Here is what it looks like when I try to run the aggregation against the date partitioned version of the table.

You can see right away that it scanned a lot more data than necessary, as we are only looking for data pertaining to pickup_location_id 237.

From the execution details we can see that it did in fact have to parse the entire dataset (112,333,368 records). Clearly this is not the most efficient way to get the aggregation, but before the introduction of Integer based partitioning it was the only way.

Now, if we run the same query against a table that is partitioned on pickup_location_id bucketed by 5.

The results of the query are the same, but as you can see the number of bytes scanned has dropped to only 317 MB vs 2.5 GB which is a huge improvement.

Once again, looking at the execution details, as expected, we can see that the number of records processed has dropped to 13,891,961 records. This is great, but I think we can do better.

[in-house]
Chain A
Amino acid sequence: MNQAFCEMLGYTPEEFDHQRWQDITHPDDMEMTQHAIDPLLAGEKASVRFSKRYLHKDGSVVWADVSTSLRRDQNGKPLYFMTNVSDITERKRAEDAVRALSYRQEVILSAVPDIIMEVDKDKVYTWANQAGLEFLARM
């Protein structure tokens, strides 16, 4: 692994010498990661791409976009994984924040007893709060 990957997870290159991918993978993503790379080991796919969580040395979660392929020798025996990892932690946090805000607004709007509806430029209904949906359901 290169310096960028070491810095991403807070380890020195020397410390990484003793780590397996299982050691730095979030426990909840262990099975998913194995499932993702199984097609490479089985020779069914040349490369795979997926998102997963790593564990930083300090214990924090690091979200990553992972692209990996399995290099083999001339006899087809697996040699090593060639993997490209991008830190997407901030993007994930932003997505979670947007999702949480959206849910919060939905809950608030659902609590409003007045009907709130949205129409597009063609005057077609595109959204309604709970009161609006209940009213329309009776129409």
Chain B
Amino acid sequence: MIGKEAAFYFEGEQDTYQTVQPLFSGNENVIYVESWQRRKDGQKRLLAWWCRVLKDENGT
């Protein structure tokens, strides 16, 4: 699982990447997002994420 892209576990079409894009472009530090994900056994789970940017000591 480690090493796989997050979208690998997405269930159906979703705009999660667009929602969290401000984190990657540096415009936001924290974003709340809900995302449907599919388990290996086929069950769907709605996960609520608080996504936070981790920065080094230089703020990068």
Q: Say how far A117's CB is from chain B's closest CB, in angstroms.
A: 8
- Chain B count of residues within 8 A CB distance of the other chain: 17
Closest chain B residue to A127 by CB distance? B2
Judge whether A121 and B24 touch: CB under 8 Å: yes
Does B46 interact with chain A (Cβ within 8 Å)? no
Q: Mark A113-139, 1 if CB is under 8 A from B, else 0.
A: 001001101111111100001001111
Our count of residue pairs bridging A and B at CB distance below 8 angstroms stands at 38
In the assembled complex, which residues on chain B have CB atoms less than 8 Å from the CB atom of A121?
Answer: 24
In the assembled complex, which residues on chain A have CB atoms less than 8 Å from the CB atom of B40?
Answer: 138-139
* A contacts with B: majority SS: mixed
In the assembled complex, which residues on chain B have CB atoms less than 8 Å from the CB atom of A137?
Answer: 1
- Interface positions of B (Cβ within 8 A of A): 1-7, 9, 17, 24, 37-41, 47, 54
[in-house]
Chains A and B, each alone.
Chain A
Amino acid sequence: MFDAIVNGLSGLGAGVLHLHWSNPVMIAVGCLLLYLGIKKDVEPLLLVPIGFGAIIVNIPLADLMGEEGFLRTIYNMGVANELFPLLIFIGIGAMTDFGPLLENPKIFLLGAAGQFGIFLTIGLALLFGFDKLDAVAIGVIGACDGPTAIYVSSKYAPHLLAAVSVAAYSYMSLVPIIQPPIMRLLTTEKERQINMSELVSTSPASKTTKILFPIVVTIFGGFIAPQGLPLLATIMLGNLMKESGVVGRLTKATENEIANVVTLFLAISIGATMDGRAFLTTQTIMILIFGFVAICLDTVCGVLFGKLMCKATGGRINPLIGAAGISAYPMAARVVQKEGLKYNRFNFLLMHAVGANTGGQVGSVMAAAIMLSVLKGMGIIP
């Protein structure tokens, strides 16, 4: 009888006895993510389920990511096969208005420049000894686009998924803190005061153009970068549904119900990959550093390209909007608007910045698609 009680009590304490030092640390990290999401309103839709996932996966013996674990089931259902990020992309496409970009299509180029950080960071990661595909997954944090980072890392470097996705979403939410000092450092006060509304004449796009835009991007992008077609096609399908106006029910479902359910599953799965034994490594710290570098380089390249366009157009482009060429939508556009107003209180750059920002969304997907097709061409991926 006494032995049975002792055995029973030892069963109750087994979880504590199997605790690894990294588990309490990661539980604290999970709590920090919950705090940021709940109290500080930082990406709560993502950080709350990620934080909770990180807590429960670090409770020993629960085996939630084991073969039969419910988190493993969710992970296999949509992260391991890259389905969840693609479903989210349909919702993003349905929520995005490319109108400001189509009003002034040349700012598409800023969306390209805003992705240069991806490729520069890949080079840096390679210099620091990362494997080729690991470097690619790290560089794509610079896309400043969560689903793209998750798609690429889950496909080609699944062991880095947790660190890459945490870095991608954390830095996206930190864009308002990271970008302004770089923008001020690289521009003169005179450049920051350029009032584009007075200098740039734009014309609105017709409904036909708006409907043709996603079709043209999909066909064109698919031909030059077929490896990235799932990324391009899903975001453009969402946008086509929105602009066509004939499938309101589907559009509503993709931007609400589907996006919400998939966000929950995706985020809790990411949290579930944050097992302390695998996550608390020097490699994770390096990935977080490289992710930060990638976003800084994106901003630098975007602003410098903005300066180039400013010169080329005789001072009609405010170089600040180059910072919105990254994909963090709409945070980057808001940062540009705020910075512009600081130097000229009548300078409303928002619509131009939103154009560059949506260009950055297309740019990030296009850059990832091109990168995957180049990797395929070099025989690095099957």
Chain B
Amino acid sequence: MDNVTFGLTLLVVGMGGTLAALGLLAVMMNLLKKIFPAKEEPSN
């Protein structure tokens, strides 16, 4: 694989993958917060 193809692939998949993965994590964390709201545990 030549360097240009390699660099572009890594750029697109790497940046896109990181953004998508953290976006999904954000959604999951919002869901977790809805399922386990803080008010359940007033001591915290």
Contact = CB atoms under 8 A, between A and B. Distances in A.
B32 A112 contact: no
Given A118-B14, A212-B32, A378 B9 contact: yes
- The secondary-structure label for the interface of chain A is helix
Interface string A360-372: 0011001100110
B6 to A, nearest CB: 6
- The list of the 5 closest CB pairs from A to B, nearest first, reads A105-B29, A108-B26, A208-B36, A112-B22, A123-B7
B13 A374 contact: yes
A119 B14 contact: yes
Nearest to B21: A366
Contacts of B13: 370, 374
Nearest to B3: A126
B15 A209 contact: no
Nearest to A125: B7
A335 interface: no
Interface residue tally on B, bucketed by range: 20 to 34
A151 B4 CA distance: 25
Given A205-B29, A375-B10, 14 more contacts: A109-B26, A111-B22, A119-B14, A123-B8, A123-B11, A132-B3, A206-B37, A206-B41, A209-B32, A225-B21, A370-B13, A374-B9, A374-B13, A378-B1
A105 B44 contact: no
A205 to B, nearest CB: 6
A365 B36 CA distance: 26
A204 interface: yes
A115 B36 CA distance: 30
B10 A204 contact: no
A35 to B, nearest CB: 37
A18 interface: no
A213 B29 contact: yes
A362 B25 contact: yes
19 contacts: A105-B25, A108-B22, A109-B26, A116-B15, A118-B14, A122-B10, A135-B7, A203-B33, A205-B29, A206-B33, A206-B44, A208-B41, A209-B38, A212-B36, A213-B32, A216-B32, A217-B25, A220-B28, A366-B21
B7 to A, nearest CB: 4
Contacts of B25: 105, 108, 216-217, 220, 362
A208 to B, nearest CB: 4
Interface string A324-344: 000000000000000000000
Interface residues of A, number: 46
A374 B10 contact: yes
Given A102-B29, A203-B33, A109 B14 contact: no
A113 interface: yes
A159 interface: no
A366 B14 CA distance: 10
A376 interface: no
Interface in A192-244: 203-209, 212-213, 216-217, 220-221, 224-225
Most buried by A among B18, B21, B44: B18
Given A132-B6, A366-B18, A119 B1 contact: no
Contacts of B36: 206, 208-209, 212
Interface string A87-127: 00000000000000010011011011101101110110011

As you can see, the total number of trips is 4,631,835, yet we scanned almost 3 times as many records. Why is this? If we reconsider the number we used to bucket the partitions by, namely, 5, that means each bucket will have 5 different pickup locations. From the analysis, it is clear that there is a “hotspot” near id 237 that we need to fix, but how? It is quite easy, if we recreate the table bucketed by 1 instead of 5, meaning, each id gets its own bucket that should allow BigQuery the ability to pull records for a single id. This can easily be achieved by changing the above create table from:

--range_partitioning=pickup_location_id,0,300,5

-to-

--range_partitioning=pickup_location_id,0,300,1

Let’s run the query again on the new table: